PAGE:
Ukraine’s candidate status: rediscovering the EU’s essence

Ukraine’s application for membership of the European Union on 28 February 2022 caught the EU almost as unprepared as the war itself.

With immense courage, Ukrainians are defending human dignity and European values of democracy and rule of law against a brutal war launched by the Russian dictatorship. No other country has ever applied for EU membership from a similar position. Ukrainians have not inherited stable institutions from previous generations, but they have resurrected democratic values through deep sacrifice.

Old concerns immediately resurfaced when the application was made: enlargement fatigue, the EU’s absorption capacity, and the more objective challenge of implementing the full body of EU acquis. At the same time, some Member States still retain, even now, the instinct not to ‘provoke’ Russia.

This paper argues that Ukraine fully deserves an EU candidate status and that EU Member States would be wise to make this political choice soon. The post-war reconstruction of Ukraine as a candidate country can become a political and economic project fully consistent with the EU’s original raison d’être.

The EU represents a project for peace and development, launched in the wake of World War II and constantly evolving. There is no way the EU could dodge the Ukraine question without hurting its own essence. The future of the EU can only be built with Ukraine firmly attached to the EU, through the accession process.

Fresh thinking about the EU enlargement process is thus needed to make the best of Ukraine’s membership application in a win-win spirit. The future of Europe will not be designed in conference rooms. It will be decided by the outcome of the war in Ukraine and then built jointly by the Europeans – current and future members.

Long process needs a powerful start

Last week’s Versailles summit concluded with the statement that pending the Commission’s opinion on Ukraine’s application “and without delay, [the EU] will further strengthen our bonds and deepen our partnership to support Ukraine in pursuing its European path. Ukraine belongs to our European family.” In the margins of the summit, though, some EU leaders raised concerns about the implications of the ongoing war and suggested that months or even years might be needed to assess Ukraine’s readiness for candidate status.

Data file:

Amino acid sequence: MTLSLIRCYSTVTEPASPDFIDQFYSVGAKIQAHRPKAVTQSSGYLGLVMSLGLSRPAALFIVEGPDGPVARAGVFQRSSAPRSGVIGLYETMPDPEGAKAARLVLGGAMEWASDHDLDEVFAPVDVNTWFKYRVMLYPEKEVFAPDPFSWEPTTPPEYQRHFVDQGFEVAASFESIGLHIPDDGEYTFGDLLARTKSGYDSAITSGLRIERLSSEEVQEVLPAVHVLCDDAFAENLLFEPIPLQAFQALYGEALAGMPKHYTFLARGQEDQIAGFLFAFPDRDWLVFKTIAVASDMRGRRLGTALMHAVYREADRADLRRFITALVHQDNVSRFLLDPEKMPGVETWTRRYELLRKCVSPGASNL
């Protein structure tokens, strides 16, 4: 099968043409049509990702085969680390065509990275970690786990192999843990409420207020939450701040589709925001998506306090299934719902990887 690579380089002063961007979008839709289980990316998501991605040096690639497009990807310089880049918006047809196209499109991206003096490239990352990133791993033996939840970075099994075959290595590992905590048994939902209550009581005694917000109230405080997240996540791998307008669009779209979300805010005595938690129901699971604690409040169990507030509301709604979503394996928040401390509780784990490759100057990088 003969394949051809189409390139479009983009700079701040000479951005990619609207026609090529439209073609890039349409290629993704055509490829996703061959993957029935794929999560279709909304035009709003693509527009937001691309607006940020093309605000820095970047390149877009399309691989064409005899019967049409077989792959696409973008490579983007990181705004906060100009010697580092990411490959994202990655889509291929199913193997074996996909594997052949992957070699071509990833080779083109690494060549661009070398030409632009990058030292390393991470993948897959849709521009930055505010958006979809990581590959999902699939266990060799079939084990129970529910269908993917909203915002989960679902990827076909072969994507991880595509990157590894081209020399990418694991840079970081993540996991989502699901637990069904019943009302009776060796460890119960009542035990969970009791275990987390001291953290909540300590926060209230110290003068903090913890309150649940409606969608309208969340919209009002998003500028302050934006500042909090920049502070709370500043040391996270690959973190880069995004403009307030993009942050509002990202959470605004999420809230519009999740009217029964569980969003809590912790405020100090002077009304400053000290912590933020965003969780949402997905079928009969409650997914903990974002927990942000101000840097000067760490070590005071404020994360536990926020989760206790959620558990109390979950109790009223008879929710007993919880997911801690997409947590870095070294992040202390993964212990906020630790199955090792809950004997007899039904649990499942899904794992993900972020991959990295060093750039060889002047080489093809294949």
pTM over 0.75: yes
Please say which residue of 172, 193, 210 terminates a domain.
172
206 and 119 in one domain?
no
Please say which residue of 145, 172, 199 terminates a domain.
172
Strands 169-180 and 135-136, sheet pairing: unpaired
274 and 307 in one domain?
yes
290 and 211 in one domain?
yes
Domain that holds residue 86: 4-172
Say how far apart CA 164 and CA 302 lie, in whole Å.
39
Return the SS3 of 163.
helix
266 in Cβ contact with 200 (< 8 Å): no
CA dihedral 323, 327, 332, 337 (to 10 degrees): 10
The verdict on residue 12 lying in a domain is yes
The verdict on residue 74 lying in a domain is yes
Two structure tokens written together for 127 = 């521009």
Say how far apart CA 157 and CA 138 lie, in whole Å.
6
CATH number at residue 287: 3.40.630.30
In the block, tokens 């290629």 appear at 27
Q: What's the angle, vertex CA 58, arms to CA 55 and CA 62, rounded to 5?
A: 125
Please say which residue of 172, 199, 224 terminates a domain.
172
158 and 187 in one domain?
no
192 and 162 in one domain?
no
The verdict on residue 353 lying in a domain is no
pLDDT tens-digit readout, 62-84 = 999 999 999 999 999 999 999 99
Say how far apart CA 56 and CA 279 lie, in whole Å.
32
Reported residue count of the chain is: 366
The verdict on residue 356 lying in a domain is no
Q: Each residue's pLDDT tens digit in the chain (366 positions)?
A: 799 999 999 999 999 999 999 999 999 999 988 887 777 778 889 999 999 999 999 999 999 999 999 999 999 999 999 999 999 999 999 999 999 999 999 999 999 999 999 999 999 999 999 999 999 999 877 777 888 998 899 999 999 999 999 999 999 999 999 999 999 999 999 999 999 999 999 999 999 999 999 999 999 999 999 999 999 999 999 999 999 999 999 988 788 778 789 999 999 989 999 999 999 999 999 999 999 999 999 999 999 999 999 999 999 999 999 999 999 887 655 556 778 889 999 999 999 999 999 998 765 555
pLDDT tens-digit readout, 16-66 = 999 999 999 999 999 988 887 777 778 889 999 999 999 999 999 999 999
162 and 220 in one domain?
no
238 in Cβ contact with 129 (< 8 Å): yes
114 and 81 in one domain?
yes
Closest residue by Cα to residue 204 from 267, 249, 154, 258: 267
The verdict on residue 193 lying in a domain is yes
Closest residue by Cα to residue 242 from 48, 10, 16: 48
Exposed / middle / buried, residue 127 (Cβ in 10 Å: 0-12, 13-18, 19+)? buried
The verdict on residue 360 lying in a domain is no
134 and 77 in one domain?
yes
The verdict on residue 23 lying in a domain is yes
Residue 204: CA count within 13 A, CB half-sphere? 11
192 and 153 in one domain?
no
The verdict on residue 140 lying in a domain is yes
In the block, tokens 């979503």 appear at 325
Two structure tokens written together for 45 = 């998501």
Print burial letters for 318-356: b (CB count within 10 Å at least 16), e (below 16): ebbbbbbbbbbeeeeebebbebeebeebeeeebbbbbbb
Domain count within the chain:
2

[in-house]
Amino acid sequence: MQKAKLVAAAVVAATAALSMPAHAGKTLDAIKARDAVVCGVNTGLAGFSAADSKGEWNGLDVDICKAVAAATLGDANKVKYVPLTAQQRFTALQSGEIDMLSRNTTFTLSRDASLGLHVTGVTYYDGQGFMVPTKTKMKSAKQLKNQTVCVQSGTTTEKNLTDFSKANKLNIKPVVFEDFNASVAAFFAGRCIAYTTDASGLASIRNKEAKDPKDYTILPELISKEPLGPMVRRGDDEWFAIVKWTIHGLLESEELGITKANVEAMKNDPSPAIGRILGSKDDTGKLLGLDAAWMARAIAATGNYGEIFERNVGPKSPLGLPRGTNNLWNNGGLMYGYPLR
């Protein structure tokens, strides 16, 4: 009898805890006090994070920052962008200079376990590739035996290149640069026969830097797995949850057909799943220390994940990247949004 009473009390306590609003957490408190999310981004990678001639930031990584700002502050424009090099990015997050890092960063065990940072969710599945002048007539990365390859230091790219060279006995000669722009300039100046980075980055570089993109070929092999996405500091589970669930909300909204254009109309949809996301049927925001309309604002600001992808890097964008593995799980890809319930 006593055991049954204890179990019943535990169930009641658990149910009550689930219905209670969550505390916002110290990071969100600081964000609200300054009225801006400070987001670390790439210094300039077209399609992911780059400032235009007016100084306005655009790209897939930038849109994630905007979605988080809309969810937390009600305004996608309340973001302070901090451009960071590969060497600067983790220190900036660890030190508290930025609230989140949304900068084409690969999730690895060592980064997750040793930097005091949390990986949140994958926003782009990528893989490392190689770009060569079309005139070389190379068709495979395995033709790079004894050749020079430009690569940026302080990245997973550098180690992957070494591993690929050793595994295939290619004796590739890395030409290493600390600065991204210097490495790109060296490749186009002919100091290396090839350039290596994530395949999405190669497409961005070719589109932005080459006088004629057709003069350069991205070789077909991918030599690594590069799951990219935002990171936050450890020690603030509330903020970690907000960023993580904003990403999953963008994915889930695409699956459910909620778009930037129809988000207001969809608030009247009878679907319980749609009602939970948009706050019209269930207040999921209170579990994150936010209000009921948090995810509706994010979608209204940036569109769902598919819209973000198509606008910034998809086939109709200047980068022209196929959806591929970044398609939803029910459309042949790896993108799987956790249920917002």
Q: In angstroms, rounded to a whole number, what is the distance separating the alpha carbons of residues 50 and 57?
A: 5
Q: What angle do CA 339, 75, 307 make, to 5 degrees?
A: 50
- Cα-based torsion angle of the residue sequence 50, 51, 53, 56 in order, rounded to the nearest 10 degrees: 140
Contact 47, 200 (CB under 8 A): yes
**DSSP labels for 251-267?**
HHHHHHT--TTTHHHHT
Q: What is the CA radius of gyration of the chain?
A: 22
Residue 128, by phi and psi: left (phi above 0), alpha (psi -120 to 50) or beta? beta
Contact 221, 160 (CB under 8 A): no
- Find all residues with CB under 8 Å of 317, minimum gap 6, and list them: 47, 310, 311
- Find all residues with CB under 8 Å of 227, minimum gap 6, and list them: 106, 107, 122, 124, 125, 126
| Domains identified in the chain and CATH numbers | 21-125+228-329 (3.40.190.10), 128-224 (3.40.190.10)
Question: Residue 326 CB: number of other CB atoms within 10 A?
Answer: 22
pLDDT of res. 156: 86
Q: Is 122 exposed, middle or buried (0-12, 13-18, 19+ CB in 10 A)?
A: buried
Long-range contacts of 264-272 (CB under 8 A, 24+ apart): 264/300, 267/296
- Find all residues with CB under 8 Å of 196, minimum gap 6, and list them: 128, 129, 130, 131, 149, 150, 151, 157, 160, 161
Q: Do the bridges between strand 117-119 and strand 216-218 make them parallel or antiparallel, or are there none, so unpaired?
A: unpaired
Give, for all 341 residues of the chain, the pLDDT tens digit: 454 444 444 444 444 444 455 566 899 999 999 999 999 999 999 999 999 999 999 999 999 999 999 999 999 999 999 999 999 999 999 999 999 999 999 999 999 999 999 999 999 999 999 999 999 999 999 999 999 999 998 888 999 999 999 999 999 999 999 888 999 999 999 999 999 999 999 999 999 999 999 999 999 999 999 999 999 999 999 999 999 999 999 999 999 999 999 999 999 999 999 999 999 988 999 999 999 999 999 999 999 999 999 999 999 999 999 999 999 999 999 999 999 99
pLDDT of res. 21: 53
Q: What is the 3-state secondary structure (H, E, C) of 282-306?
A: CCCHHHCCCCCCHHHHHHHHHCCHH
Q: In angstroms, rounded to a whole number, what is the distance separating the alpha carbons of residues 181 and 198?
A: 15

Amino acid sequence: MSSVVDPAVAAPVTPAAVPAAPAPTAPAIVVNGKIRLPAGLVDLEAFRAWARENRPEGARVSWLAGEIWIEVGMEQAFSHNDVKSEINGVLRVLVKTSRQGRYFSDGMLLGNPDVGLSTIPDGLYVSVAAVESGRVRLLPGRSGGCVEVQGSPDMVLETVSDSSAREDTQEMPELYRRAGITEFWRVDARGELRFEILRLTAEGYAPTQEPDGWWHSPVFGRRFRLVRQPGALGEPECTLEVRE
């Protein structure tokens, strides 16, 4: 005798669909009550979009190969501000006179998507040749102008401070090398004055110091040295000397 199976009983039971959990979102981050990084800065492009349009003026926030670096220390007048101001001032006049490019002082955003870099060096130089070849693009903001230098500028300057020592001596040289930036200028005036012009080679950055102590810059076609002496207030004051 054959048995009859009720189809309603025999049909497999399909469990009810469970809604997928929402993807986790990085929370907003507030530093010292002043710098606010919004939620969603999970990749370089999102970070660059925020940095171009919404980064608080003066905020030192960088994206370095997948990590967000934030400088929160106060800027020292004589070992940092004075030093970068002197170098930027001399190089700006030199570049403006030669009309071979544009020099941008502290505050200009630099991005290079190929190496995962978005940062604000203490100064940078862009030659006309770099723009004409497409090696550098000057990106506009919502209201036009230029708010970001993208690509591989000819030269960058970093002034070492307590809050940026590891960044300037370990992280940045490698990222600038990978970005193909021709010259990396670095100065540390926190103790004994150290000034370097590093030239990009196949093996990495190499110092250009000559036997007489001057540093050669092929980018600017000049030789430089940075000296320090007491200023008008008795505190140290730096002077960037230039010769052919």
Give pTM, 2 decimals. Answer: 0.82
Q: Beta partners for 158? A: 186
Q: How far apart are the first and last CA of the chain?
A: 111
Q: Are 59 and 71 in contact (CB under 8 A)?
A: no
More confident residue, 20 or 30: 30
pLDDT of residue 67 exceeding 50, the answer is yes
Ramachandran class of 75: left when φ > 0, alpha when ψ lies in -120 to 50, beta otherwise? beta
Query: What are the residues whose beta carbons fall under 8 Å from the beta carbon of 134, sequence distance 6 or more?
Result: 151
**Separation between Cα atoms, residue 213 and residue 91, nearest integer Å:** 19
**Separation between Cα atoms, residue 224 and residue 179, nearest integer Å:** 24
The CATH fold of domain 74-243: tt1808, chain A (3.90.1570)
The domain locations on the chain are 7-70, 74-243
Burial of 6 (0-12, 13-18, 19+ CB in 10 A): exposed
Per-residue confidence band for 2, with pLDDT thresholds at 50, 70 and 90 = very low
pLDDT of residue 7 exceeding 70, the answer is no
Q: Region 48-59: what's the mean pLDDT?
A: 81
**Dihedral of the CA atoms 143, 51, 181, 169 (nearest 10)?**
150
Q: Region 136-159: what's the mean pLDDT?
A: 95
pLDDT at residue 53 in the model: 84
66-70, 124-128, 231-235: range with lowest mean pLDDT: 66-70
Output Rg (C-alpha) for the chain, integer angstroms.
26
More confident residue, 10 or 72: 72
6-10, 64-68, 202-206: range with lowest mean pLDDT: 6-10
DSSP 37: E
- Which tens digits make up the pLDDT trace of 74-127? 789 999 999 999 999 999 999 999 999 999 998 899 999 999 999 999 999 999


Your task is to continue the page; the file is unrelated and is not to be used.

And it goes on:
The EU and its leaders should not be afraid of Ukraine’s application, and must not prevaricate. EU enlargement policy can be adapted to Ukraine’s unique case, without causing injustice to other applicants. There is no need to rush the various intermediate steps of the accession process, as long as the EU makes a firm commitment from the outset that the objective is to rebuild Ukraine as a thriving country, integrated into the EU as a future Member. The way to express that commitment is to award Ukraine candidate status. The second necessary ingredient is fostering strong institutional contacts and large-scale people-to-people contacts, also from the beginning.

The worst thing EU leaders and officials could do would be to send Ukraine to the back of a queue with a long questionnaire, giving Ukraine the feeling that it is “out” until it fulfils all conditions to be accepted as full Member. Ukraine is not “just another” aspiring candidate.

Prevail in the war, and rebuild

It certainly cannot be an option that Ukraine would lose the current war and come to be controlled by Russia for many years to come. Ensuring that Ukraine succeeds in defending itself is both a moral imperative and a major geopolitical interest for all free Europe. Not only is the future of Ukraine at stake, but also the relevance of the EU and NATO. EU Member States need to support Ukraine to the maximum possible extent.